[PAGE 6]

    Pre-scientific thought views the whole of a thing. Scientific knowledge distinguishes between its different aspects. Every situation has many functions: economic, physical, sociological, logical, linguistic. The functions are abstracted from the whole. All other aspects are neglected.

    In pre-scientific life, we experience people, events, things, institutions, etc. in the totality or wholeness of their meaning or being. In scientific life, we experience the several aspects in the wholeness of meaning. There is a different relationship of each man to the two kinds of knowledge.

    Lecture # 7, October 13, 1964

    Scientific and Pre-scientific Knowledge:

    Pre-scientific and scientific knowledge differ in structure. It is not the case that one is an extension of the other. Pre-scientific knowledge precedes scientific knowledge. Pre-scientific knowledge looks at the whole of the thing. Scientific knowledge abstracts the various aspects. In humanistic schools of philosophy, pre-scientific knowledge is considered as being of no real value. The only legitimate knowledge is scientific knowledge.

    Bultmann's View of Revelation:

    The German theologian Rudolf Bultmann demythologizes Scripture. There is something in the Bible that he regards as revelation. It is wrapped up in pre-scientific ways of speaking. This wrapping must be stripped away in order to get at the truth. It is true that the manner of writing in the Bible is primarily pre-scientific. Bultmann does not believe in pre-scientific knowledge. He believes that even revelation must be analyzed scientifically. Thus, he is faced with the problem of distinguishing between scientific and pre-scientific knowledge in the Bible. His solution is to demythologize.

    Almost the whole of man's life goes on in the realm of the pre-scientific. This is how God created man. This is how God sent His Son, Jesus Christ, into the world. Scientific knowledge must be secondary. It is used to help man control and subdue the earth and so fulfil the cultural mandate.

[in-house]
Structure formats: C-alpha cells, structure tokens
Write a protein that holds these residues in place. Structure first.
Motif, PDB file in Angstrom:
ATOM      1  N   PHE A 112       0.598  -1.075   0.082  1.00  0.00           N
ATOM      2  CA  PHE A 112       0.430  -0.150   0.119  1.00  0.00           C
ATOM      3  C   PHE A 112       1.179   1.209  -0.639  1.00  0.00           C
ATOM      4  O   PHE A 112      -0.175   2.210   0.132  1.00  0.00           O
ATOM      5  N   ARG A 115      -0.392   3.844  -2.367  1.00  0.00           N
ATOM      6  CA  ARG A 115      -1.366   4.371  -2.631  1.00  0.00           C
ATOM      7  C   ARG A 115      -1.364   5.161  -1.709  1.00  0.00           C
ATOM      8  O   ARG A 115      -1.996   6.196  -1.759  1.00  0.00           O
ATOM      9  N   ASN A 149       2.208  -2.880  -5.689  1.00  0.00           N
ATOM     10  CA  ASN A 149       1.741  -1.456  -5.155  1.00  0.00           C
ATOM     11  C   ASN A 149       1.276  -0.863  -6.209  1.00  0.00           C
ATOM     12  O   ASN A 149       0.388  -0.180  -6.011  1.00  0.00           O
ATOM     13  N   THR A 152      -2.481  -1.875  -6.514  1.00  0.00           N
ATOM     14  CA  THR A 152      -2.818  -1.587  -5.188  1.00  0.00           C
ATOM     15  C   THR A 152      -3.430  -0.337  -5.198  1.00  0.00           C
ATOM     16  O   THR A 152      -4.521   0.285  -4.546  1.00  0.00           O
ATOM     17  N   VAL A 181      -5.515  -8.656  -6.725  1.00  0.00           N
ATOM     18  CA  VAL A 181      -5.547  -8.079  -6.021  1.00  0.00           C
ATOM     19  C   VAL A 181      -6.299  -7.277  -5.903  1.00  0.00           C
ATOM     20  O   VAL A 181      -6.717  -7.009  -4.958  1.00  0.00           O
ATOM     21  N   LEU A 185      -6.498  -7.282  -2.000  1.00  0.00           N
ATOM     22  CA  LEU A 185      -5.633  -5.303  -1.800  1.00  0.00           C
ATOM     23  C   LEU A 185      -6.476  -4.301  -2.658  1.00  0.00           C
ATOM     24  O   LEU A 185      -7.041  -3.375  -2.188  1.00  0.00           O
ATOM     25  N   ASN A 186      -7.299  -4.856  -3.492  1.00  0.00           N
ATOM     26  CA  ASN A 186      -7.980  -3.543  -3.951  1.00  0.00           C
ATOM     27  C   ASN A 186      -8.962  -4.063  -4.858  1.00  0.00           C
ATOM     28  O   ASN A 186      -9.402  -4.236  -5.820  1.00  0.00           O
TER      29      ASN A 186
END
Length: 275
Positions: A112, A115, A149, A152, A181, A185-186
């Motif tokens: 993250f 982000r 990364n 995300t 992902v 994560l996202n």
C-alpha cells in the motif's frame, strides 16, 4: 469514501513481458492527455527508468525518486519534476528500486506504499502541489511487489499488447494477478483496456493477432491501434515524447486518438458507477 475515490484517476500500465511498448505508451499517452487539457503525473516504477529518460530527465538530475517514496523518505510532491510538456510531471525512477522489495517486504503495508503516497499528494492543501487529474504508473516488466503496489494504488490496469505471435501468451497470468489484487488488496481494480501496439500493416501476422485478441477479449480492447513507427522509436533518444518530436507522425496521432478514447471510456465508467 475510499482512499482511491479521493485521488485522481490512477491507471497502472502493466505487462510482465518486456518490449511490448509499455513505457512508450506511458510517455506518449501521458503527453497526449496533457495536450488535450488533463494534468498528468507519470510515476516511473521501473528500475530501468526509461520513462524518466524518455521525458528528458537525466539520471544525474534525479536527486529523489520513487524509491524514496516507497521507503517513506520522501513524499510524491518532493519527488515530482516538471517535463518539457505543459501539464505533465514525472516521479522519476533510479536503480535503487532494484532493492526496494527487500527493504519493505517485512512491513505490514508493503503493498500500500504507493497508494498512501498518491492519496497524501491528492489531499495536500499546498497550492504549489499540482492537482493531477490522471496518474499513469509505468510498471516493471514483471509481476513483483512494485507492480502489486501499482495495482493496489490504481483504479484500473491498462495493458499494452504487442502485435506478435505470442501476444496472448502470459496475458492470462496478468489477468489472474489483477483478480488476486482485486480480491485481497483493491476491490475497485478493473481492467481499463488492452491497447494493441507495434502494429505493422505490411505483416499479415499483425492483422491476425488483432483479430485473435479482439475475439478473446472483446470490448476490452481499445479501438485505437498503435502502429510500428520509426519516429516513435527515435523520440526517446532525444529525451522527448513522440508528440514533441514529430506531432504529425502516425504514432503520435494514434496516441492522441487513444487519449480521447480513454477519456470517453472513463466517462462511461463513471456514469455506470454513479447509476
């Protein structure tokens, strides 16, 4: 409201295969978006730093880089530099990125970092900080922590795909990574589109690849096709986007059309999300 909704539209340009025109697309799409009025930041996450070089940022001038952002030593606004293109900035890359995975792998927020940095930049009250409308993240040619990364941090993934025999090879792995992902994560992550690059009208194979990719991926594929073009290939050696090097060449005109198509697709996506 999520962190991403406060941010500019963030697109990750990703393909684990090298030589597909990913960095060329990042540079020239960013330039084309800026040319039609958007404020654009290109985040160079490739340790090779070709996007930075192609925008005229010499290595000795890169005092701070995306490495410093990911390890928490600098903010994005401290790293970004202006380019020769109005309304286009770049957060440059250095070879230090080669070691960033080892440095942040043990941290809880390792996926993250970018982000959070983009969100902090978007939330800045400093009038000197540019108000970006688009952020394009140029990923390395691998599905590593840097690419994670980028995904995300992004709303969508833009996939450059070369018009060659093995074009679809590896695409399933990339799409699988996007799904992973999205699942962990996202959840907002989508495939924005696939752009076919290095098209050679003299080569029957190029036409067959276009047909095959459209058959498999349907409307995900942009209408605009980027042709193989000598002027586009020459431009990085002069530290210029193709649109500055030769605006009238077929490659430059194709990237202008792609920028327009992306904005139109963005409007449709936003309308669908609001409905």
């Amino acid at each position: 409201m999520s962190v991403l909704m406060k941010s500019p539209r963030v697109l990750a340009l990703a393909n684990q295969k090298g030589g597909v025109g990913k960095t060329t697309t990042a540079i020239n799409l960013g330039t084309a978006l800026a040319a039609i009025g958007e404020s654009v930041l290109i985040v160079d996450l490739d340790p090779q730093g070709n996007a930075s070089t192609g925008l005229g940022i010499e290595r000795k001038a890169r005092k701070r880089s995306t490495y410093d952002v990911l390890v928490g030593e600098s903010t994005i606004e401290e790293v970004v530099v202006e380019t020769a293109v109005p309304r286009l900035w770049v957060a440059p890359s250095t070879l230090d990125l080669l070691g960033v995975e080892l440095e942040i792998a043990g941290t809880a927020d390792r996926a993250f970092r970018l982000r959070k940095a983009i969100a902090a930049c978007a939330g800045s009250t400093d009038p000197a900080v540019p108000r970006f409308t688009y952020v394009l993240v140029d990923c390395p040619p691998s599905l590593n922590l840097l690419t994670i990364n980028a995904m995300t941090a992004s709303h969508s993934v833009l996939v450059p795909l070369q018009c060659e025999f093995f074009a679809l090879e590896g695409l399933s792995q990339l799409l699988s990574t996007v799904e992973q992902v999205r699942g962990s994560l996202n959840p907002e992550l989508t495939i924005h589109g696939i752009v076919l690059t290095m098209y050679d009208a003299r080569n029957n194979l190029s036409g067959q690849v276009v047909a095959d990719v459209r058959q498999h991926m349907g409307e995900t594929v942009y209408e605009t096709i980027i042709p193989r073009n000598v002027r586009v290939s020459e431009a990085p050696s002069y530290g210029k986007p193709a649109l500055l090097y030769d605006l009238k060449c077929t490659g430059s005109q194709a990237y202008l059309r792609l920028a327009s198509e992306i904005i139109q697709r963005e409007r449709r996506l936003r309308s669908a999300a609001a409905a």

The Modal Scale:

    There are many different aspects that can be abstracted from the life of man. An open list of fifteen has been devised by Herman Dooyeweerd:

    [PAGE 7]

    ____ pistical
    ____ ethical
    ____ jural
    ____ aesthetic
    ____ economic
    ____ social
    ____ lingual, symbolic
    ____ historial, technical
    ____ analytical, logical
    ____ psychical
    ____ organic, biotic, vital
    ____ energetic
    ____ phsyical
    ____ spatial
    ____ numerical, arithmetic

    Lecture # 8, October 15, 1964

    The Modal Scale:

    Every creature functions in many different ways. The modal scale distinguishes fifteen. Function is to be distinguished from act. The modalities may be spoken of as fifteen "apriories." Certain basic terms like "aesthetic" cannot be defined. "Ontic apriories" mean the "apriories" of all related to being. The order of the modalities may not be changed.

    The Numerical Modality:

    The numerical modality means number. The symbolism is of no real importance. Twoness is quite apart; it is an idea.

    The Spatial Modality:

    The spatial modality presupposes the numerical. Numerical is ascribed to quantity. Discrete means discontinuous. Spatial is continuous extension.

    The Physical Modality:

    The physical modality involves motion. Modern physicists believe that motion, rather than rest, is characteristic of the physical. Rest is a form of motion. The physical aspect of something is motion. Motion presupposes spatiality a numerality.

    The Organic Modality:

    The organic modality involves vital functions. The organs have a physical basis. The organic again depends on the numerical, spatial and physical functions.

    [PAGE 8]

    Lecture # 9, October 20, 1964